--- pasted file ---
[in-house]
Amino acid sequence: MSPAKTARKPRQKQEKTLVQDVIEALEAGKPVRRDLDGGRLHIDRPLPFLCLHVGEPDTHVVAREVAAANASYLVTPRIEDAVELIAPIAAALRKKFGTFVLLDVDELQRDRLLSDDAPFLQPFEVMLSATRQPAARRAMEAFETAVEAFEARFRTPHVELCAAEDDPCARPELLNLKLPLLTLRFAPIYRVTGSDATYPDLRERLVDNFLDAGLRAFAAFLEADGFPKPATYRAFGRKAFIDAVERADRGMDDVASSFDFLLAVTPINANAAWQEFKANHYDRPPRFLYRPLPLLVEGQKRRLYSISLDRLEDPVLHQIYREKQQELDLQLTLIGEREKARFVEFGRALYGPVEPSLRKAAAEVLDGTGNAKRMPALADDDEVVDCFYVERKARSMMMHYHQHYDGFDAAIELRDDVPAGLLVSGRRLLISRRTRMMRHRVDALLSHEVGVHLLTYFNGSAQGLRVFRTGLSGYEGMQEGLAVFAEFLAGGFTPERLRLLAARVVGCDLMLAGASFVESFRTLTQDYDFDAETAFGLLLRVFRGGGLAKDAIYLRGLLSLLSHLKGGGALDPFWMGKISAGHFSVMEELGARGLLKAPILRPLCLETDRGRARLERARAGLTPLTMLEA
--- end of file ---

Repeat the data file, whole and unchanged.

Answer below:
[in-house]
Amino acid sequence: MSPAKTARKPRQKQEKTLVQDVIEALEAGKPVRRDLDGGRLHIDRPLPFLCLHVGEPDTHVVAREVAAANASYLVTPRIEDAVELIAPIAAALRKKFGTFVLLDVDELQRDRLLSDDAPFLQPFEVMLSATRQPAARRAMEAFETAVEAFEARFRTPHVELCAAEDDPCARPELLNLKLPLLTLRFAPIYRVTGSDATYPDLRERLVDNFLDAGLRAFAAFLEADGFPKPATYRAFGRKAFIDAVERADRGMDDVASSFDFLLAVTPINANAAWQEFKANHYDRPPRFLYRPLPLLVEGQKRRLYSISLDRLEDPVLHQIYREKQQELDLQLTLIGEREKARFVEFGRALYGPVEPSLRKAAAEVLDGTGNAKRMPALADDDEVVDCFYVERKARSMMMHYHQHYDGFDAAIELRDDVPAGLLVSGRRLLISRRTRMMRHRVDALLSHEVGVHLLTYFNGSAQGLRVFRTGLSGYEGMQEGLAVFAEFLAGGFTPERLRLLAARVVGCDLMLAGASFVESFRTLTQDYDFDAETAFGLLLRVFRGGGLAKDAIYLRGLLSLLSHLKGGGALDPFWMGKISAGHFSVMEELGARGLLKAPILRPLCLETDRGRARLERARAGLTPLTMLEA